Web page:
Prof. Ingeborg Reichle, Department of Media Theory, University of Applied Arts Vienna
Prof. María Antonia González Valerio, Faculty of Philosophy and Literature, National Autonomous University of Mexico, Mexico City
Prof. Virgil Widrich, Department of Art & Science, University of Applied Arts Vienna
Dr. Bernd Kräftner, Department of Art & Science, University of Applied Arts Vienna
Herwig Turk, Department of Social Design, University of Applied Arts Vienna
Dr. Tanja Gesell, Department of Structural and Computational Biology, Max F. Perutz Laboratories & University of Vienna
Prof. Christoph Bock, CeMM Principal Investigator, Visiting Professor at the Medical University of Vienna, Coordinator of the Biomedical Sequencing Facility
Prof. Frank Rösl, Division of Viral Transformation Mechanisms, German Cancer Research Center, Heidelberg

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Ingeborg Reichle
is a media and cultural theorist writing on contemporary art, new technologies, and new media with a focus on biotechnology and artificial life. She is chair of the Department of Media Theory, University of Applied Arts, Vienna. In 2004 she received her Ph.D. from the Humboldt University Berlin with her dissertation Art in the Age of Technoscience: Genetic Engineering, Robotics, and Artificial Life in Contemporary Art, published 2005 in German and 2009 in English by Springer publishers, Vienna and New York. She is co-editor of seven books, the most recent being IMAGE MATCH. Visueller Transfer, “Imagescapes” und Intervisualität in globalen Bildkulturen (Fink, Munich 2012). She completed her habilitation thesis in 2013 titled Bilderwissen – Wissensbilder: Zur Gegenwart der Epistemologie der Bilder at the Humboldt University Berlin, where she was FONTE professor from 2014 on. In 2010 she curated the BioArt exhibition jenseits des menschen – beyond humans at the Berlin Museum of Medical History at the Charité in the context of the conference Leben 3.0 und die Zukunft der Evolution at the Berlin-Brandenburg Academy of Sciences and Humanities in Berlin. Since 2000 she has been a guest lecturer and guest professor at various international institutions, including the School of Visual Arts (SVA), New York; the Department of Biology, Massachusetts Institute of Technology (MIT), Boston; the Life-Science Lab, German Cancer Research Center, Heidelberg; Timbusu College, National University of Singapore; and the National Autonomous University of México (UNAM), México City.

María Antonia González Valerio is a philosopher working in the fields of aesthetics and ontology with a focus on biotechnology and the arts. Since 2007 she is a professor at the Faculty of Philosophy and Literature, National Autonomous University of México (UNAM). She is the author of three books: Prolegómenos a una filosofía natural. Escritos de ontología estética (Herder, 2015), Un tratado de ficción. Ontología de la mimesis (Herder, 2010), and El arte develado (Herder, 2005). She is co-editor of five books, the most recent: Pròs Bíon: Reflexiones naturales desde el arte, la ciencia y la filosofía (UNAM, 2014). She is the coordinator of the art collective BIOS Ex machinA (workshop for the fabrication of the human and the non-human) and the head of the interdisciplinary research group Arte + Ciencia (Art + Science) based at UNAM. María Antonia González Valerio founded Arte + Ciencia in 2011 and it seeks to produce art and knowledge (art research) at the intersection of the humanities, arts, and sciences. Arte + Ciencia has organised several exhibitions including Sin origen/Sin Semilla (the first transgenic and biotechnological exhibition in México), MUCA Roma-MUAC, UNAM, México, 2012–2013; Bioartefactos: Desgranar lentamente un maíz MACO, Oaxaca, México, 2014; and Bestiario del día final, Quinto Piso, México, 2015. It has organized workshops that reflect on the collaboration between art and science: “Artistic investigations into Robots and Plants” (2015), “Antropología del cerdo” (2015), “Vida maquinaria: Limitaciones y transgresiones en la relación arte-vida-sociedad” (2014), and “From Bioethics to Bioart: The Question about the Limits” (2014).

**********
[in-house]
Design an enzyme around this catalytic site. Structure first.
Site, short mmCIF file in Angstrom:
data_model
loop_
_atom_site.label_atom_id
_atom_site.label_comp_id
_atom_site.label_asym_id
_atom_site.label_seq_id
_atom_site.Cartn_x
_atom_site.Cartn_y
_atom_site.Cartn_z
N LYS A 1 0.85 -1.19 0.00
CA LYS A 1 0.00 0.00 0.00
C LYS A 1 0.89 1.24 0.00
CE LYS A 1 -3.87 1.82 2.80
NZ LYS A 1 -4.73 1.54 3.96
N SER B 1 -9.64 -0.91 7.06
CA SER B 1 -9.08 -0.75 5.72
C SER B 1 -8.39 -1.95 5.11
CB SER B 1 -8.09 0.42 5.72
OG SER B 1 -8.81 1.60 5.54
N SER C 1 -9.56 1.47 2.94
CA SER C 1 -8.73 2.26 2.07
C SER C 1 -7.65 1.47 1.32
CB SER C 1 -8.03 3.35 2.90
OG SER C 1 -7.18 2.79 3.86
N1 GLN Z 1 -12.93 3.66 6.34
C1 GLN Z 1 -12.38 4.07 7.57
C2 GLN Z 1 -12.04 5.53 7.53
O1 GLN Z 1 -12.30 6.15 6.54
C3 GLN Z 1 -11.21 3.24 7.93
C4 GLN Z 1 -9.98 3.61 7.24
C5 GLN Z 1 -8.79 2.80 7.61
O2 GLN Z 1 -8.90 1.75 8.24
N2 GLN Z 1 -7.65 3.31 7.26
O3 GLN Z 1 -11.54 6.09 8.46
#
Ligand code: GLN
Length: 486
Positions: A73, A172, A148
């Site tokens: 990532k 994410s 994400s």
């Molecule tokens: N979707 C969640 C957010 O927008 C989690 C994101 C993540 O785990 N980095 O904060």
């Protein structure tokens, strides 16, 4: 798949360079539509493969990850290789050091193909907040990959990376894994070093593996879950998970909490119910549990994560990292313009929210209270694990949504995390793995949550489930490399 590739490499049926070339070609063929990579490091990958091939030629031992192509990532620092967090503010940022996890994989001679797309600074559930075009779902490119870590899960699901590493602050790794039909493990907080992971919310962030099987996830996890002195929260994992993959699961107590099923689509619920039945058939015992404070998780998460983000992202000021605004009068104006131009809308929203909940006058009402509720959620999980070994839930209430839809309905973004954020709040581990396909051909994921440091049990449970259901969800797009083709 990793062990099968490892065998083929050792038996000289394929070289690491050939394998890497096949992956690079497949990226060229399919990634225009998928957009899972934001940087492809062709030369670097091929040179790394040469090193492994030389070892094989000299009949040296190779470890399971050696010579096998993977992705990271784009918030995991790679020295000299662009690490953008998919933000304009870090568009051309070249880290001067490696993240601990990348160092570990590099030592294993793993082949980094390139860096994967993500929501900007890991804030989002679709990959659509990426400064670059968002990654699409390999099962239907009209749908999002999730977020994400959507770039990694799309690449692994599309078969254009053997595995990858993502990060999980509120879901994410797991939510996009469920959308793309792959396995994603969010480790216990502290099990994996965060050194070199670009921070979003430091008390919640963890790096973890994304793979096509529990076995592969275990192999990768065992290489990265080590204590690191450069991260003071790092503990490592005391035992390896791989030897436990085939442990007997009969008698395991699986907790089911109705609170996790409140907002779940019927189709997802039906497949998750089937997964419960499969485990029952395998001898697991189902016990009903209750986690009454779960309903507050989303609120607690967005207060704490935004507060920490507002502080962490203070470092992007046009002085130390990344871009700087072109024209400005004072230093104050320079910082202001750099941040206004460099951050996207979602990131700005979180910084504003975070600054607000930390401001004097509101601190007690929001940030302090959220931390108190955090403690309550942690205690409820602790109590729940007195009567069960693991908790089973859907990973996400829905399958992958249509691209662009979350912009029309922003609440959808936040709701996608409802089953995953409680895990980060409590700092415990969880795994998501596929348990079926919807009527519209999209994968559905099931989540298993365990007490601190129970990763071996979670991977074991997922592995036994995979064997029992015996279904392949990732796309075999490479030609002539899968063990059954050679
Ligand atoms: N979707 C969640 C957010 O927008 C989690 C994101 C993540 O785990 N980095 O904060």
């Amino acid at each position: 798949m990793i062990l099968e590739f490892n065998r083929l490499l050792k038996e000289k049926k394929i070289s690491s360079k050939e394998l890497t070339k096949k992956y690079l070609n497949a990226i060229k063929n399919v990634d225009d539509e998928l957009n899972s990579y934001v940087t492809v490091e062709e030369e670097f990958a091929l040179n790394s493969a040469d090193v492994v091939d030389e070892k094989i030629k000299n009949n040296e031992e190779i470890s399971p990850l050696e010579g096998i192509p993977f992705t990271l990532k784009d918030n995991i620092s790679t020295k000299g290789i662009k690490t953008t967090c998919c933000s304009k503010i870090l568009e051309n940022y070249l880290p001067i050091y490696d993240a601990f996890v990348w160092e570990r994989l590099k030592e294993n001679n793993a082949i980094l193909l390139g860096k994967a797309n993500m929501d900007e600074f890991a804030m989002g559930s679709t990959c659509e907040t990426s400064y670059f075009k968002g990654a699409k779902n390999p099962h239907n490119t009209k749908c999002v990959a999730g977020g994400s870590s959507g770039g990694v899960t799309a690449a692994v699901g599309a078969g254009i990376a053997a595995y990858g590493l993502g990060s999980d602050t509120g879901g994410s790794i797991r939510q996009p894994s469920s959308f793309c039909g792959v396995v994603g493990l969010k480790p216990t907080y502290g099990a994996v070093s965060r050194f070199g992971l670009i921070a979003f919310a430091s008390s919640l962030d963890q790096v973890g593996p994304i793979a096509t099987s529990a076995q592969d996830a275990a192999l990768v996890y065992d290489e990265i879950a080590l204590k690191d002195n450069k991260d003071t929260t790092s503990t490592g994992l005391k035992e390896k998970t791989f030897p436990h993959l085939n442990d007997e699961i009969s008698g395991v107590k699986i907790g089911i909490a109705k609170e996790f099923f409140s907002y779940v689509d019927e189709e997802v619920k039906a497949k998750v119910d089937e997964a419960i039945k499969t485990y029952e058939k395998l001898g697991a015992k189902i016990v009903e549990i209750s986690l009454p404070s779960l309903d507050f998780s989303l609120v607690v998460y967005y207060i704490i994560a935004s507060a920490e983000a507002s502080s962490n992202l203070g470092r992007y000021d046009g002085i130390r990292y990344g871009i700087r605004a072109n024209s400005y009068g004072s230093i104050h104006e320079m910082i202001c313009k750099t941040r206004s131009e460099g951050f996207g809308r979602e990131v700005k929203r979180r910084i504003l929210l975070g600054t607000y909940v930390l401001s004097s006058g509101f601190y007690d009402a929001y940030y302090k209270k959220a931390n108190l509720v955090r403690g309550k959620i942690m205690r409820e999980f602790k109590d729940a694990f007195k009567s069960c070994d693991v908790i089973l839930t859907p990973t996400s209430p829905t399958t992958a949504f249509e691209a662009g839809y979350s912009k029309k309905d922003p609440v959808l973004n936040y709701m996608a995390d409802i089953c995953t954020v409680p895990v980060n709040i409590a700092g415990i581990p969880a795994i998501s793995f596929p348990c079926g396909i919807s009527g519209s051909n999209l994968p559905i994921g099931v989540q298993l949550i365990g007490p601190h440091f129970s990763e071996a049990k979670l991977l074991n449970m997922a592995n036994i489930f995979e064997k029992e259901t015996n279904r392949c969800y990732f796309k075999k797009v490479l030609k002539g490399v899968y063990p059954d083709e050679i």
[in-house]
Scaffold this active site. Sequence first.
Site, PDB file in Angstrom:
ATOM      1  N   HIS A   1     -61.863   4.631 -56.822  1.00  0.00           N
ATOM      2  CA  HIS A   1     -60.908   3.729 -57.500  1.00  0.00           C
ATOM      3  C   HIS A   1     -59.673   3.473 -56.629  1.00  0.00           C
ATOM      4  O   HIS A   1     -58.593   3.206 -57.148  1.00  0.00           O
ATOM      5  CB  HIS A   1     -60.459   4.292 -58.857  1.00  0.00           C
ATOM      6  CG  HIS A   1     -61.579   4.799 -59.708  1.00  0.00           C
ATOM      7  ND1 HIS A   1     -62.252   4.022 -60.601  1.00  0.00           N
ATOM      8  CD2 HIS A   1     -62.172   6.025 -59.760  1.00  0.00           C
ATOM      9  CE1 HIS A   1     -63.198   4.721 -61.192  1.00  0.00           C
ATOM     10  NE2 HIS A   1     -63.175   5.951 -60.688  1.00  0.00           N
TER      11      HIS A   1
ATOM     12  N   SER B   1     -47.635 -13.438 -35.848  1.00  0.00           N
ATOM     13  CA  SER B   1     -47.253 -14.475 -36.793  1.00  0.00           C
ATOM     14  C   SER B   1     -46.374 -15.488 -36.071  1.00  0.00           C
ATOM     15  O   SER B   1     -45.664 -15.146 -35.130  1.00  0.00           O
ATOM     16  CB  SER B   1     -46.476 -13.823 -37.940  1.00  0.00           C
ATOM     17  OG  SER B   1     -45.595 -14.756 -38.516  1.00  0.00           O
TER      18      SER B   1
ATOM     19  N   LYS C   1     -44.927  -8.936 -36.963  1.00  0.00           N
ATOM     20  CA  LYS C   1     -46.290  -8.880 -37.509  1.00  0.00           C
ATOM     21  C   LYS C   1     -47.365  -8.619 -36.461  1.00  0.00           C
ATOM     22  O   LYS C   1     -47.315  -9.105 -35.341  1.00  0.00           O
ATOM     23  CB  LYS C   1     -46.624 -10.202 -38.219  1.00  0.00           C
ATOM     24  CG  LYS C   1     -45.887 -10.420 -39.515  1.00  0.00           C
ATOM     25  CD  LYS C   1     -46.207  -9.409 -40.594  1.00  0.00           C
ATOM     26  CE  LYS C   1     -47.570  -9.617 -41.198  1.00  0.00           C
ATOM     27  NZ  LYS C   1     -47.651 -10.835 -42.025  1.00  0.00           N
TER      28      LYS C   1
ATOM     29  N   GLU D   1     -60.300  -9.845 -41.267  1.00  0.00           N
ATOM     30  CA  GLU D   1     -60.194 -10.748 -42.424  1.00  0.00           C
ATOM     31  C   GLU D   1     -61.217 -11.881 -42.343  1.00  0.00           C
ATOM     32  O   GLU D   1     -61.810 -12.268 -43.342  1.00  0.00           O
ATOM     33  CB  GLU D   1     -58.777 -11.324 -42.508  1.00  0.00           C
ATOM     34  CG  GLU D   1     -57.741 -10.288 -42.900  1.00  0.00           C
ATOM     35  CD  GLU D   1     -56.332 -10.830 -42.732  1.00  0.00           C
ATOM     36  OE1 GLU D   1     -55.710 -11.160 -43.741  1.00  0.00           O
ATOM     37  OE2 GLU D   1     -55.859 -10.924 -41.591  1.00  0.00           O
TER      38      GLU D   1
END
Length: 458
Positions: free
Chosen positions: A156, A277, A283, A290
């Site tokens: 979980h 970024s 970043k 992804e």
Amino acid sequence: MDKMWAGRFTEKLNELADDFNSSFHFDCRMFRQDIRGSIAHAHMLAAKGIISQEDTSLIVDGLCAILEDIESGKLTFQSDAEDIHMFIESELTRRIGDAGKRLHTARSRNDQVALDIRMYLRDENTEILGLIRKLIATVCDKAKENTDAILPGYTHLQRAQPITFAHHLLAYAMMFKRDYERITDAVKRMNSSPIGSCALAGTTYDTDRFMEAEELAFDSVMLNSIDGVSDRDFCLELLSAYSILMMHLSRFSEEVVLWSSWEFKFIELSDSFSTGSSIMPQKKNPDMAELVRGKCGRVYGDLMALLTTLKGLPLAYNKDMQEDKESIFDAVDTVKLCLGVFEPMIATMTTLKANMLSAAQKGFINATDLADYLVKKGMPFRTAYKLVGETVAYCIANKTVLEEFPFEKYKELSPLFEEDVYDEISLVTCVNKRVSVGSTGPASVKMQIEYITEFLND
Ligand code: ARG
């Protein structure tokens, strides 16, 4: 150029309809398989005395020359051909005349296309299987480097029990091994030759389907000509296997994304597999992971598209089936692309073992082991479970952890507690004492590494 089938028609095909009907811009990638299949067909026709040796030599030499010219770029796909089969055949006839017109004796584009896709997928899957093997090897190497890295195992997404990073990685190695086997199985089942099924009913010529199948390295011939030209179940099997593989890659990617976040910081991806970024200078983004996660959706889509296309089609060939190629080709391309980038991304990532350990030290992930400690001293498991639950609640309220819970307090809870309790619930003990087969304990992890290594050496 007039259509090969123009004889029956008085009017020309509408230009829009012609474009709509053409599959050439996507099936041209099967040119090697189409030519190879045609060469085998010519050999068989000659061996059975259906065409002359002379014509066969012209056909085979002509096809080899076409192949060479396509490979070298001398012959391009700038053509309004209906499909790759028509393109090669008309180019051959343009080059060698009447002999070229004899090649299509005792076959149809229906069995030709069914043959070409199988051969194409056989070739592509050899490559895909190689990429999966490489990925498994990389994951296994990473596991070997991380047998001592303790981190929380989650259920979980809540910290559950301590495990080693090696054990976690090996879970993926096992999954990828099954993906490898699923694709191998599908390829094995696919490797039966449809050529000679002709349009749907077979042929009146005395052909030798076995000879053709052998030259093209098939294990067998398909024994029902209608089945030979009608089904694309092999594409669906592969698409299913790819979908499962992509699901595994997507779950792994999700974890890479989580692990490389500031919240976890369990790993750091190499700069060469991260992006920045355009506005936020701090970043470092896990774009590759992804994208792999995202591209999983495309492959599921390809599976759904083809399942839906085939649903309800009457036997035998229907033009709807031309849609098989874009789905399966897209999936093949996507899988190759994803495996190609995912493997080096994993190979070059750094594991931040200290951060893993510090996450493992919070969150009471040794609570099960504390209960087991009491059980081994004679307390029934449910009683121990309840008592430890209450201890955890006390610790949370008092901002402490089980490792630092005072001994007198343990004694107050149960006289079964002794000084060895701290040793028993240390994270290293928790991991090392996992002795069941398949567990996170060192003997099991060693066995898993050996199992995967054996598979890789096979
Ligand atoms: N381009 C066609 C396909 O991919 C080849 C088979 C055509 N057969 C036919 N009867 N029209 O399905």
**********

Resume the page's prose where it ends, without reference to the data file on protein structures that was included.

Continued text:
Virgil Widrich is a director, screenwriter, filmmaker, and multimedia artist. He works on a large number of films and multimedia projects, sometimes as part of a creative team, and is especially known for his short films and multimedia works. In 2004 Virgil Widrich was a member of the Ars Electronica jury and he chaired of the Austrian Film Directors’ Association until 2007. He is also a member of the Academy of Austrian Film. From 2007 to 2010 Virgil Widrich taught the class of digital arts as a professor at the University of Applied Arts Vienna. Since 2010 he is the chair of the Department of Art & Science with a post-graduate Master Programme in art and science. He is one of the founders and managing directors of the multimedia company Checkpointmedia GmbH and owner and managing director of Virgil Widrich Film- und Multimediaproduktions G.m.b.H.

Bernd Kräftner is an artist and researcher. He studied medicine, has worked as a filmmaker and a writer, and since 1998 he explores the messy interfaces between science and society. He has carried out various transdisciplinary research projects funded, for example, by the Austrian Ministry of Science; the Wellcome Trust’s SciArt Programme, London; the ZKM, Karlsruhe, and the Humboldt University, Berlin. He was co-curator of the science exhibition The True/False Inc, Vienna 2006. From 2008 to 2010, he was the principal investigator of the research and art project “Pillow Research: Multiple Diagnoses and Hidden Talents”, sponsored by the Translational Research Programme of the Austrian Science Foundation, and additionally he is principal investigator of the science and art project (2010–2012) “’In the Event of?’ Anticipatory and Participatory Politics of Emergency Provision”, sponsored by the Arts & Science Call 2009, Vienna Science and Technology Fund (WWTF). Bernd Kräftner has conducted numerous transdisciplinary research projects on and at the interfaces of science, society, and art, he is the founder of the research group Shared Inc. (Research Centre for Shared Incompetence), and is a senior lecturer at the University of Applied Arts in Vienna in the Departments of Art & Science and Digital Art.